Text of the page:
Do you do the Dutch Reach?
Do you do the Dutch Reach?
I’m going to ask a bit of a personal question: do you do the Dutch Reach? If not, why not?
If you’re one of the many who does not practice the Dutch Reach, I would hazard a guess and assume it is probably because you have never heard of it – yet.
In recent months, the Dutch Reach has been gaining notoriety, and for good reason as Hugh Morris pointed out in this week’s Telegraph Travel section: “Titter all your like but the Dutch Reach is no laughing matter. It's no euphemism, but the name of a simple manoeuvre that, if widely adopted by motorists, could save lives”.
It’s clear to see the amusement as, well … the name does lend itself to something altogether different. However, if you’re someone who cycles, then you’ll be more likely to connect the word 'Dutch' with 'good for cycling', and that is definitely what the Dutch Reach is about.
Titter all your like but the Dutch Reach is no laughing matter. It's no euphemism, but the name of a simple manoeuvre that, if widely adopted by motorists, could save lives
Hugh Morris, travel writer
Essentially, it is a method of opening a car door for a driver (or passenger) where you use your far hand rather than the near hand. In the Netherlands, where they drive on the right, this means the driver would open their door with their right hand.
In the UK, this would be reversed, and the driver would look to open their door with their left hand, not their right. Now, how is this any different from opening a car door with your right hand, apart from being a bit more awkward?
For a start, as you reach across your chest, your body naturally turns, making it easier not just to check your mirrors for oncoming traffic (including cyclists), but also places you in a position to actually see the traffic. If it’s safe to do so, you can then open your door, and as you’re reaching across your body, you can ensure the door only opens partially, not to its full extent.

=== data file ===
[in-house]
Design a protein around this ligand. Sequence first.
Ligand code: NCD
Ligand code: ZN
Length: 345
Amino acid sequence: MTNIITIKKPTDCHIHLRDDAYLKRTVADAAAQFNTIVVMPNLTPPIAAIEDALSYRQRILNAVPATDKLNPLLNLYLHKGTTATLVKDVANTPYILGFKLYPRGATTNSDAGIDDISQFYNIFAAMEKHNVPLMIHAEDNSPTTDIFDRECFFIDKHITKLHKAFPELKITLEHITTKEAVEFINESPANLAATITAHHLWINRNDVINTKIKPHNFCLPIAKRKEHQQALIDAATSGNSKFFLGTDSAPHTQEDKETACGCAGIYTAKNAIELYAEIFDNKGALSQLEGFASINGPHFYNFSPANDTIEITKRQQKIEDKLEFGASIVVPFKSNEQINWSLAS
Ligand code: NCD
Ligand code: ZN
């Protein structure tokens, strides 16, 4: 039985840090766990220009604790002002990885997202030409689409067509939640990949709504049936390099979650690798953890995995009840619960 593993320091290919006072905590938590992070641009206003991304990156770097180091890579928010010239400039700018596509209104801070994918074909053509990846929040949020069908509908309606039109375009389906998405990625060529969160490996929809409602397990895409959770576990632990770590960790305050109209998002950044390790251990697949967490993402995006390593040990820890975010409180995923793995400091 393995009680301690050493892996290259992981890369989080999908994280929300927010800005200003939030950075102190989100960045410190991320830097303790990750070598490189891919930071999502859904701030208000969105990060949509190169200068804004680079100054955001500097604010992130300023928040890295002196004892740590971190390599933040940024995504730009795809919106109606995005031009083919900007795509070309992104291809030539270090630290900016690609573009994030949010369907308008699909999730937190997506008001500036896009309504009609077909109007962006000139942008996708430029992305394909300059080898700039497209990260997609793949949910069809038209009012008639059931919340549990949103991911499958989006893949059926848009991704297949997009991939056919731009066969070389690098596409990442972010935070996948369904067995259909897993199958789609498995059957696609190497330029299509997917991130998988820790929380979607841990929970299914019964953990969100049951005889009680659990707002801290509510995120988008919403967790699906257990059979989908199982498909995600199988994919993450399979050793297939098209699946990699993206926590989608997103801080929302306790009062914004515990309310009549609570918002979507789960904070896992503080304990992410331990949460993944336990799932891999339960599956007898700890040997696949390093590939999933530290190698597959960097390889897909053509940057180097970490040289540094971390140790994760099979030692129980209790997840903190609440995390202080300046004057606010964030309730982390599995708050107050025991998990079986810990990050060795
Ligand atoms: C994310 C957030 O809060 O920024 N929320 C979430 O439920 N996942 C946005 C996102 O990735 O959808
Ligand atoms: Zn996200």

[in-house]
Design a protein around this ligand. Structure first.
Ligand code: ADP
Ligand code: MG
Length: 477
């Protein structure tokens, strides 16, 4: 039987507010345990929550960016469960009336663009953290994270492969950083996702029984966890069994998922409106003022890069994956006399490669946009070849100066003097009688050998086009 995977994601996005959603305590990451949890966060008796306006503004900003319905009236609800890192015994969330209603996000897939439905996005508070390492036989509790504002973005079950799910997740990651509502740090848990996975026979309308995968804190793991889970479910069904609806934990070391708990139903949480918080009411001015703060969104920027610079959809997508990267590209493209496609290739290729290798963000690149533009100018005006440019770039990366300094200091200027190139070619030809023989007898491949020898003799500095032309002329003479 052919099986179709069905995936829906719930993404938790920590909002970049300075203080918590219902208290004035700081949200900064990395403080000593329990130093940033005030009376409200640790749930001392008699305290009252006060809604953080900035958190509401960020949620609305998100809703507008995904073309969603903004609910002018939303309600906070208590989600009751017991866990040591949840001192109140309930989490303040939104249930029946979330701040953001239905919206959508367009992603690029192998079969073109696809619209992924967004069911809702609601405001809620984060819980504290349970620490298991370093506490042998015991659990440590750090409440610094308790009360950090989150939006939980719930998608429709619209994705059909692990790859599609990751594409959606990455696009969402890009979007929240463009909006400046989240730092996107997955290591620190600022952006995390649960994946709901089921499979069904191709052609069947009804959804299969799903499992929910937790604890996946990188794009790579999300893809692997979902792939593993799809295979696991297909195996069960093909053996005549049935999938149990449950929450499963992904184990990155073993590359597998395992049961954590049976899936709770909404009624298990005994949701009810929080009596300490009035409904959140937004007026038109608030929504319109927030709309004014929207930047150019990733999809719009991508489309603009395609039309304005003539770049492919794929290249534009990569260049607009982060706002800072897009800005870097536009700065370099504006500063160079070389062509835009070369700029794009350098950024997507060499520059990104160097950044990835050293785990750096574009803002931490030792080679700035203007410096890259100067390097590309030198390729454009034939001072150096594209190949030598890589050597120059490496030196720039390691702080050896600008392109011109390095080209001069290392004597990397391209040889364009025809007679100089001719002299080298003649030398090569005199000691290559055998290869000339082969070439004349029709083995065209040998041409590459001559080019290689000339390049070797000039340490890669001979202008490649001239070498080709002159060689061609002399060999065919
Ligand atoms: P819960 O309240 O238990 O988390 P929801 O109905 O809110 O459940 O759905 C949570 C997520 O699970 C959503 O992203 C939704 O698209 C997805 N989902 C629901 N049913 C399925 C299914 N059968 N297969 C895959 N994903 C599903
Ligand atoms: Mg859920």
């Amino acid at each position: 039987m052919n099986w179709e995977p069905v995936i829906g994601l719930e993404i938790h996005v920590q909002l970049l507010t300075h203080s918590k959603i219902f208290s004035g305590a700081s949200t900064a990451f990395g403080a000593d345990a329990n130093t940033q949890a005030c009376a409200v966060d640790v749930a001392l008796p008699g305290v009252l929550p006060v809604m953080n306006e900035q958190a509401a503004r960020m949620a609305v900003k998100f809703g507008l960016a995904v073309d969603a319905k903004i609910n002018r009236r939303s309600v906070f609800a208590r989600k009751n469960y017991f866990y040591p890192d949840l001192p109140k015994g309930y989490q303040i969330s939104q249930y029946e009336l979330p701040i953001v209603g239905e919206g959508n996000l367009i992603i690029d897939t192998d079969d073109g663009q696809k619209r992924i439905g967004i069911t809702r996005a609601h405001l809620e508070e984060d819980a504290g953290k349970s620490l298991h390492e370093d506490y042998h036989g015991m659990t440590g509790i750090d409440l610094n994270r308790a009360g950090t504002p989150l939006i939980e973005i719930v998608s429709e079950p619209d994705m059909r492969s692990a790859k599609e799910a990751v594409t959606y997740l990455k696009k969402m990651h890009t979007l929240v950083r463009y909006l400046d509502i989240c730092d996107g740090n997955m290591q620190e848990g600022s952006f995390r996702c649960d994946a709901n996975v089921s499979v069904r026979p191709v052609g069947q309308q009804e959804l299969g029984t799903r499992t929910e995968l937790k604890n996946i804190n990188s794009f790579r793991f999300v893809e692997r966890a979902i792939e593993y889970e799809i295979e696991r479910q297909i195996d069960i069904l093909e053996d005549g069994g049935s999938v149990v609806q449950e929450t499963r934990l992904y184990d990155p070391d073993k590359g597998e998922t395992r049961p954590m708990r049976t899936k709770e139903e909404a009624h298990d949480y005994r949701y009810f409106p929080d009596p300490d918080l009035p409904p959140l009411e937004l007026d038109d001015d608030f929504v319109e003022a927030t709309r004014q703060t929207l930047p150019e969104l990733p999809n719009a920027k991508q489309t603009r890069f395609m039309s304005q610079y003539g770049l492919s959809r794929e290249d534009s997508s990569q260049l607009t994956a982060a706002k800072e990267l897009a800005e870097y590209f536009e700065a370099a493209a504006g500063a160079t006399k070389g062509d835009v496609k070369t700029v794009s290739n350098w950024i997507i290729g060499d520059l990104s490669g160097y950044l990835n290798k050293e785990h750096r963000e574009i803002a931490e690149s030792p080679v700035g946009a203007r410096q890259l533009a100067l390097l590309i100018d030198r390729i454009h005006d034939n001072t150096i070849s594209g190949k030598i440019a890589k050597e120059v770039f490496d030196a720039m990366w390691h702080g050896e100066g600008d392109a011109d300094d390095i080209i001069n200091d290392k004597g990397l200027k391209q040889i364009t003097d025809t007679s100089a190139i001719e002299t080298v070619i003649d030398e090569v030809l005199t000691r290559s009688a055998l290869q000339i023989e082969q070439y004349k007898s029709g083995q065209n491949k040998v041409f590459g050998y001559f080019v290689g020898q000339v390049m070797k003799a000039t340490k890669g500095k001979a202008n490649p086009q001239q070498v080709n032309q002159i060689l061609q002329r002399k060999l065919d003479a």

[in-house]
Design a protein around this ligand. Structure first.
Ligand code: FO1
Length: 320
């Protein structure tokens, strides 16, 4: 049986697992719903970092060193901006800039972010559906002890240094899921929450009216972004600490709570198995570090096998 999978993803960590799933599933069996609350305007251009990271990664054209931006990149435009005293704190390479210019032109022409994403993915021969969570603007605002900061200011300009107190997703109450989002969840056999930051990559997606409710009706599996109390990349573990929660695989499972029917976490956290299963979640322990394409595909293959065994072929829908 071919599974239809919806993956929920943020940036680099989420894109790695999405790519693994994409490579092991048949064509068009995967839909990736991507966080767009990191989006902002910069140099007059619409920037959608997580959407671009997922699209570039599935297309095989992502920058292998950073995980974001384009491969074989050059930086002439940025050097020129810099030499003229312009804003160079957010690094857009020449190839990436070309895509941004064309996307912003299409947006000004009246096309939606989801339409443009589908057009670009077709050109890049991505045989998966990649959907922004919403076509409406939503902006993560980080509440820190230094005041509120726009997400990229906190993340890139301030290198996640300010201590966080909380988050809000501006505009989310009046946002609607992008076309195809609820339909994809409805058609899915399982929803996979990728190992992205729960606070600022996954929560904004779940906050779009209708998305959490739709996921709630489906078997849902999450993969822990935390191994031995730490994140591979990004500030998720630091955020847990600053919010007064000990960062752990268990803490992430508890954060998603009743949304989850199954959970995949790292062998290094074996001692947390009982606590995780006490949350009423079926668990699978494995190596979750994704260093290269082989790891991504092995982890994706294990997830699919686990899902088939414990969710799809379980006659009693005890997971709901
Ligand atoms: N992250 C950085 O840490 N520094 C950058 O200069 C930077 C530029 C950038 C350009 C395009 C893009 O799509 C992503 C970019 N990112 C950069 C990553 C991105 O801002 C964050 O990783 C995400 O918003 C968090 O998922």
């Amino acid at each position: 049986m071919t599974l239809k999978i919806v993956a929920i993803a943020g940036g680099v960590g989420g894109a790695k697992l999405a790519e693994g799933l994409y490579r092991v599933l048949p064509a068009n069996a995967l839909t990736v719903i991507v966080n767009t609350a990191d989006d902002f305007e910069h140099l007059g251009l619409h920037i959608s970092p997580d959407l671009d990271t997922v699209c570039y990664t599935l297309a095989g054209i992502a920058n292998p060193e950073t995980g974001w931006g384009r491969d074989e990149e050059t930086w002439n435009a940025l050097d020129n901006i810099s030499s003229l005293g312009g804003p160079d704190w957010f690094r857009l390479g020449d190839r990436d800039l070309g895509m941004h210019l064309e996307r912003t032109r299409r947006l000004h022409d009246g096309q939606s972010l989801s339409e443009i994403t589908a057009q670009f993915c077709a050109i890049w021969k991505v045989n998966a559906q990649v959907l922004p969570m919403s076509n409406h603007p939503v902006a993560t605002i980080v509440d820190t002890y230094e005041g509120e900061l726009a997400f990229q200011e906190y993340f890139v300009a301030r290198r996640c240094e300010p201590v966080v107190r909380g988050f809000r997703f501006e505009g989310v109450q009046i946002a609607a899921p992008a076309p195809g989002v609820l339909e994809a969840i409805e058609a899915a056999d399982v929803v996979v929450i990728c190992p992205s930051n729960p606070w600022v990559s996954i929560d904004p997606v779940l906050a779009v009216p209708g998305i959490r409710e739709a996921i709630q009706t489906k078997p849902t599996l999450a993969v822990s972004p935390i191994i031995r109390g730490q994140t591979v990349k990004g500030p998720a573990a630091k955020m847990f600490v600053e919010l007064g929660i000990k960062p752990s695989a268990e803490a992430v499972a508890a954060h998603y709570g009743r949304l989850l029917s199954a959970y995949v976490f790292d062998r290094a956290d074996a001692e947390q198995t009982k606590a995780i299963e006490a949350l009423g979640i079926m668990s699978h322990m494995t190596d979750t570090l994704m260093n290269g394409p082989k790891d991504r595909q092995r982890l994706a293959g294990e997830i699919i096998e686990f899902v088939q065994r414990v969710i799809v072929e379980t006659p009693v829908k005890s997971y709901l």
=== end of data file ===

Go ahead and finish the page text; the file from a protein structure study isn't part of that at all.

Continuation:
It’s taught in the Netherlands during your driving instruction and has been helping to save lives over there for close to 50 years.
At Cycling UK, we’ve been aware of this technique, but it wasn’t until it was spelt out clearly in the video we posted on our Facebook wall back in September last year that its appeal became apparent.
It’s a simple procedure that can protect cyclists, motorcyclists, pedestrians and even drivers and passengers. We love it, and so does the Royal Society for the Prevention of Accidents (RoSPA). They started advocating its use last week and, in an effort to make it part of the education process when learning to drive, passed on the guidance to members - a substantial amount of whom are driving instructors.
In 2015, there were 474 reported car 'dooring' incidents, according to the Department for Transport. How many of these could have been avoided if the Dutch Reach was a common practice in the UK? Not all of these incidents resulted in serious injury or death but the risk is definitely there, as we know all too well with cases like that of Leicester school teacher, Sam Boulton.
I put the question to the Cycling Minister, Andrew Jones MP, this week (Tuesday 7 February) as he spoke at an All Party Parliamentary Cycling Group event. I asked the Minister whether the Department for Transport (DfT) was aware of the Dutch Reach, and if they had any plans to see about introducing it into the driving test or even create a THINK! style driver awareness campaign.